Geologic Trip, Mono Lakes Area
This large perched boulder near the June Lake Fire Station is a glacial erratic that was left here when the Reversed Creek glacier melted. The boulder sits on a small roche moutonnée that is being broken apart by jointing. The basin for June Lake was carved out by the Reversed Creek glacier. When the glacier melted, the debris that was being carried by the glacier was deposited as moraines and till in and along the glacial valley. This till covers much of the area on the east side of Reversed Peak between June Lake and Grant Lake and as far east as Highway 395.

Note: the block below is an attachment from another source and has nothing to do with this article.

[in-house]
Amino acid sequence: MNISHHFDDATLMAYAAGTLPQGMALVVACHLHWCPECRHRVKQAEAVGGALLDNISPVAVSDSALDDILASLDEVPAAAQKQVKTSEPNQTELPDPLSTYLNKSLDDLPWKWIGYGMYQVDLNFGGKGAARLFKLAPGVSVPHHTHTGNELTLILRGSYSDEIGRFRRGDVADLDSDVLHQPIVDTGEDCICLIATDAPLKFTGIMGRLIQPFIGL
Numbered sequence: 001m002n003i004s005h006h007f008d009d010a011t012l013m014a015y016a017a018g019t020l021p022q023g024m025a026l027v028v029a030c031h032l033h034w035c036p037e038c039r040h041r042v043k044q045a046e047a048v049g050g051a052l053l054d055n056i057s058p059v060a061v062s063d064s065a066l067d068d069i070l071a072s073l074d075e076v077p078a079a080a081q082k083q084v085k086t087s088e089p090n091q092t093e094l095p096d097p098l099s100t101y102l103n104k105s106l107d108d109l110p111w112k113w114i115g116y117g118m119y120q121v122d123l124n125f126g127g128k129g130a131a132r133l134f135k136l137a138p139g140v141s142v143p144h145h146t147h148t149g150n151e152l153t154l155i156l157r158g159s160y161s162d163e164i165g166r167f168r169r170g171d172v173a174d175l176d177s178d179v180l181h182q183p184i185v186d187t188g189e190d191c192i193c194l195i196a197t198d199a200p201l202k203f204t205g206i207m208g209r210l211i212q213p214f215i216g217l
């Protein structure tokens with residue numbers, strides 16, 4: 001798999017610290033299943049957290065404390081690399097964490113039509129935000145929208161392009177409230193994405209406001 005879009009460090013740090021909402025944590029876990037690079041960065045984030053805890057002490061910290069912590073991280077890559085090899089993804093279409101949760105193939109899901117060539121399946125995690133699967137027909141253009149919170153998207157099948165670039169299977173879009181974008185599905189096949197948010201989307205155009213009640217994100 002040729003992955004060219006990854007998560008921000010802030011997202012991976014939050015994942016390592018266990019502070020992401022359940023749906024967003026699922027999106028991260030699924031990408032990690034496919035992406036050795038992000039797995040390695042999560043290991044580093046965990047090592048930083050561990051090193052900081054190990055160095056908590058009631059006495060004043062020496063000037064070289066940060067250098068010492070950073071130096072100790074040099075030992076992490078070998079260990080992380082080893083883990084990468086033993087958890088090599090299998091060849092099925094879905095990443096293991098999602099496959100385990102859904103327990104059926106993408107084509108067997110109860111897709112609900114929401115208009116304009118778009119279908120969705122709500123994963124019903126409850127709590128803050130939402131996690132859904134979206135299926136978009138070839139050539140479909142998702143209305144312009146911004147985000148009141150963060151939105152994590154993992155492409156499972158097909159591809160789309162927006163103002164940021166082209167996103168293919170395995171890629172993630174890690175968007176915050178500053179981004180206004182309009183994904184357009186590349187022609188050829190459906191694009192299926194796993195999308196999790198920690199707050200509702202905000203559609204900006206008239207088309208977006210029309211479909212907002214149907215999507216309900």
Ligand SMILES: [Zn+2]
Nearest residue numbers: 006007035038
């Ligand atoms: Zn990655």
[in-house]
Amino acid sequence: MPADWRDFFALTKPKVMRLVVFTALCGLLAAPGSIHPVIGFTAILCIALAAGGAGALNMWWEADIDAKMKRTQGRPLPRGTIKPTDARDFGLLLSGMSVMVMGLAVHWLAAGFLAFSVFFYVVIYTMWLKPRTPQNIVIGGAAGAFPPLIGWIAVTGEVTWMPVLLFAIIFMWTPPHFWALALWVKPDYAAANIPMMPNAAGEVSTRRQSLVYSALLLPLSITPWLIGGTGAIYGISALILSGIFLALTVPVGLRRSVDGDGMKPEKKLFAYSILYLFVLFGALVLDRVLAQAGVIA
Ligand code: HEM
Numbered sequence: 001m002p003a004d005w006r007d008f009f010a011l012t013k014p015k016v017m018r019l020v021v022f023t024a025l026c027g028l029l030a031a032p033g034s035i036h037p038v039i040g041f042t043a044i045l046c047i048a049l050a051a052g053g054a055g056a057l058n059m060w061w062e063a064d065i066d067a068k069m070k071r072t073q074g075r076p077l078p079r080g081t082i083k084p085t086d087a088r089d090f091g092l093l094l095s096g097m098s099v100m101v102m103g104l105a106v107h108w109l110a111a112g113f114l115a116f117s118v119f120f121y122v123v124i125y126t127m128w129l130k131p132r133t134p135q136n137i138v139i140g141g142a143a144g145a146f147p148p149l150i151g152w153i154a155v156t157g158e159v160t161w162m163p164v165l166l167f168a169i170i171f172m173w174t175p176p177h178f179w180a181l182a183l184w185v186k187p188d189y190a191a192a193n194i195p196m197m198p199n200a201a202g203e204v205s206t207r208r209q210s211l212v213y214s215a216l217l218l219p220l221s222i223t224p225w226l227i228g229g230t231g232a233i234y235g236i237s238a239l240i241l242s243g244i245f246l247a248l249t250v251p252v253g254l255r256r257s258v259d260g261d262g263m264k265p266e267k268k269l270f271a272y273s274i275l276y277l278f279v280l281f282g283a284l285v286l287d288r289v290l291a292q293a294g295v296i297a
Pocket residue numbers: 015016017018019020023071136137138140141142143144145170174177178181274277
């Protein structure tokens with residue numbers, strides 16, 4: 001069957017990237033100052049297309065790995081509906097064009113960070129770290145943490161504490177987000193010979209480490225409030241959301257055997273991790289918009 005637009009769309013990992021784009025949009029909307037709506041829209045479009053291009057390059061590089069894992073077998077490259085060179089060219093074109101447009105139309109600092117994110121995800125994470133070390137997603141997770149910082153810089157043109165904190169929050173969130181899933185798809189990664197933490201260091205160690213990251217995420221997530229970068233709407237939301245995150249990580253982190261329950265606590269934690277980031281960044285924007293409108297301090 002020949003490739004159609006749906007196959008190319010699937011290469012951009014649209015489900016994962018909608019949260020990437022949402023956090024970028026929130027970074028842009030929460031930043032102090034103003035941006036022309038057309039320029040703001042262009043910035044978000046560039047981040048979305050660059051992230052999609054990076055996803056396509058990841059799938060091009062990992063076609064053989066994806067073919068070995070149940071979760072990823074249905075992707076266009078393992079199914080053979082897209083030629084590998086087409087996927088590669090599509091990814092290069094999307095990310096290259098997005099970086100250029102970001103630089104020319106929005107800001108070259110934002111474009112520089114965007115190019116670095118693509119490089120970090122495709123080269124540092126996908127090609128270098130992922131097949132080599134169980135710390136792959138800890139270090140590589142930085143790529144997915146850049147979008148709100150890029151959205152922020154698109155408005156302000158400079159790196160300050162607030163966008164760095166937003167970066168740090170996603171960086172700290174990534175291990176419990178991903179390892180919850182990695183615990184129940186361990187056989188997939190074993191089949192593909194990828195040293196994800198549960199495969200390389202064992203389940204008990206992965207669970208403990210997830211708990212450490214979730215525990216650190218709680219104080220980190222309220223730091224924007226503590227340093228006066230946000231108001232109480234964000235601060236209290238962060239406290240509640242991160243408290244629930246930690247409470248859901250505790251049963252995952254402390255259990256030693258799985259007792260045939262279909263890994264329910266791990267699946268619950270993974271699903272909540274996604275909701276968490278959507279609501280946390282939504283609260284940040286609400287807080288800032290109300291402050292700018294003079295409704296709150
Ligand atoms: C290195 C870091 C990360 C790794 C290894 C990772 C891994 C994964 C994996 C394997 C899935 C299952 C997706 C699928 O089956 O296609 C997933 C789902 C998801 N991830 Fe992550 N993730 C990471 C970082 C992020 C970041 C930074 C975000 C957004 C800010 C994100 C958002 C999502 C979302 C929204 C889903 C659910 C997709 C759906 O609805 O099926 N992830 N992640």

Reversed Creek is unique. It is the only creek along the entire eastern Sierra that flows west toward the mountain front rather than away from the mountains. The reversed drainage was formed when the Reversed Creek glacier encountered hard rock in the valley floor after it left the base of the Sierra escarpment. The glacier rode up and over these hard rocks as it continued northeast toward Mono Lake. The direction of movement of a glacier depends on the slope of ice surface, not on the slope of the valley floor. As a glacier flows down a canyon, the bottom of the glacier can scoop out low spots and benches. Thus, the ice at the bottom of the glacier can travel upslope for some distance.